To tell or not to tell
I am often asked by parents whether or not they should tell their child the diagnosis? It’s a good question, and of course the answer is somewhat complex.
Focus on symptoms, not the diagnosis
I find that it’s rarely beneficial to place a ‘label’ on the symptoms, and subsequently on the child. Rather, I find it helpful to focus on the two or three primary issues or behaviors and explain to the child that you, your child, and the treatment team are going to work improving those issues, e.g. compliance, social skills, safety awareness… The more specific you can be in describing the targeted behavior(s), the better. So, rather than tell a child that he or she has “ADHD” or “autism” and you’re going to treat that “disorder”, I find it more helpful to explain to the child that they have challenges, for example, paying attention in class, or with standing too close to friends, and they’re going to be helped in that regard by specific strategies.
Why not explain the diagnosis?
Explaining the diagnosis can be counterproductive. The child can feel ‘stuck’ in their diagnosis, which often can be stigmatizing and have negative connotations, and people often come to identify with their diagnosis, ie. “I’m ADHD”, or “I’m autistic”, or “I’m Bipolar…”. No, your child is not ADHD, or autistic; rather, your child has a diagnosis of autism; or has a diagnosis of ADHD…; the diagnosis is not ‘them’ as a person but is only a small part of their many wonderful traits and characteristics. Also, sometimes kids will use the diagnosis as an excuse, “I did that because I’m ADHD…” that too is counterproductive.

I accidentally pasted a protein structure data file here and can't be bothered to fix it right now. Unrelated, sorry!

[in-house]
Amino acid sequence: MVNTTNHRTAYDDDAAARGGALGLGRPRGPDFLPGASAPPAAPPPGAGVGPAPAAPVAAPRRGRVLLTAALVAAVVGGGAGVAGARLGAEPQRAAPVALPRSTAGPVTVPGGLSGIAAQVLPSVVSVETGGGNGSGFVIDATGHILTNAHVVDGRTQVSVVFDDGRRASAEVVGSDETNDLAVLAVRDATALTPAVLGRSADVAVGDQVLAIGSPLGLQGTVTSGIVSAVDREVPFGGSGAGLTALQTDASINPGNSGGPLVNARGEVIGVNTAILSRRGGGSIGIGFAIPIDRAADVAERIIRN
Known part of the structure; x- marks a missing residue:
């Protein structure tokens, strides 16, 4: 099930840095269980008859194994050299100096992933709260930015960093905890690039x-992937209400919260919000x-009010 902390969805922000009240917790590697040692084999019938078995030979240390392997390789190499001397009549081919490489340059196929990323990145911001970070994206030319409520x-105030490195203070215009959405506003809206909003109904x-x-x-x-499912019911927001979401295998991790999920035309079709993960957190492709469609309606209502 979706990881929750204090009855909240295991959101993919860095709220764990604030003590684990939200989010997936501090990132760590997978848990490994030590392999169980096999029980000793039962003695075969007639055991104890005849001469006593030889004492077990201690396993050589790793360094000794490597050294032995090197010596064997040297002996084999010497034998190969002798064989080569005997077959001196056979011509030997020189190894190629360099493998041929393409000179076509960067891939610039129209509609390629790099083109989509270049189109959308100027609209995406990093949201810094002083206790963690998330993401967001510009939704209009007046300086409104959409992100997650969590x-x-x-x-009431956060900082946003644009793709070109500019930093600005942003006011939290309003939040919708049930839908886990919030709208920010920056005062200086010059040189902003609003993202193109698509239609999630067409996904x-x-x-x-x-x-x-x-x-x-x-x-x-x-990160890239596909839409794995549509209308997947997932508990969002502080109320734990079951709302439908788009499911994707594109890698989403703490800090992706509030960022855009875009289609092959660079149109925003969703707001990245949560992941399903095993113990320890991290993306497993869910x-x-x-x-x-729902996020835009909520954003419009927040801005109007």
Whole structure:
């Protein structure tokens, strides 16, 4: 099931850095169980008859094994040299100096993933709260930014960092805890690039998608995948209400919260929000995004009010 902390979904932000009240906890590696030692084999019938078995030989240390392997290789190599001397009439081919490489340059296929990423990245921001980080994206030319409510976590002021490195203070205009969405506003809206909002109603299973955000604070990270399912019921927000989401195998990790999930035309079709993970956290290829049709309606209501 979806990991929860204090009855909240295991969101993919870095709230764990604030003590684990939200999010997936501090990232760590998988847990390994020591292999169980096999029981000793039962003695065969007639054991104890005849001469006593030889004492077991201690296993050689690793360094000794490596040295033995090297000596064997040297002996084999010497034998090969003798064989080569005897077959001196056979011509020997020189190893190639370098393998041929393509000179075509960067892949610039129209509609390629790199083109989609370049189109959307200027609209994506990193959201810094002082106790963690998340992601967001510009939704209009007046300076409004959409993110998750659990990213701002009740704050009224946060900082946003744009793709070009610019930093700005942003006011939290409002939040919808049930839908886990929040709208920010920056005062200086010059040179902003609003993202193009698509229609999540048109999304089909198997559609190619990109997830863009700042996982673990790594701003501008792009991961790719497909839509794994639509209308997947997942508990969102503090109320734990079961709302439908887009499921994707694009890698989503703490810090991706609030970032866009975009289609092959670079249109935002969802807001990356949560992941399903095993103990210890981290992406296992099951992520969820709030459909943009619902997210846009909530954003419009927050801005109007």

When to explain the diagnosis?
I find that, as children mature, they become increasingly inquisitive and insightful. At some point, it’s not uncommon that a child begins to sense that something is ‘different’ about them compared to their peers. It’s not uncommon that, in those situations, the child may approach the parent and ask “what’s going on with me… why am I different… I’m not like other people….” In those instances, it’s likely time to explain the diagnosis while, at the same time, focusing on strengths, abilities, and that the child IS NOT their diagnosis, but that the diagnosis simply reflects a cluster of signs and symptoms with which the child and parent will continue to target in treatment.
It’s also important to emphasize that the symptoms can be improved, and you can site examples of your child having risen above the ‘diagnosis’ in any number of ways.
At times kids will find the information about their diagnosis to be a relief ("I always knew I was different, but never knew why") but others may feel quite distressed with the news. Use a reflective approach (see my earlier posts on that technique) and remain supportive and reassuring. It may help to allow them the opportunity to meet other kids with the same diagnosis (a support group can be quite helpful).
Sum it up
I find that, in general, it’s best to not focus on labels and diagnoses but, rather, describe signs and symptoms that are going to be targeted and overcome. This strategy is empowering, motivating, and directive. However, there are times to discuss the diagnosis, especially if the child is relatively mature, has good self-awareness and insight, and is asking questions about why he or she seems or behaves ‘differently’ from peers. There are a number of helpful books and resources to help with this process; feel free to email me if interested.
Hope that helps. Feel free to email any questions at firstname.lastname@example.org
Dr. John Carosso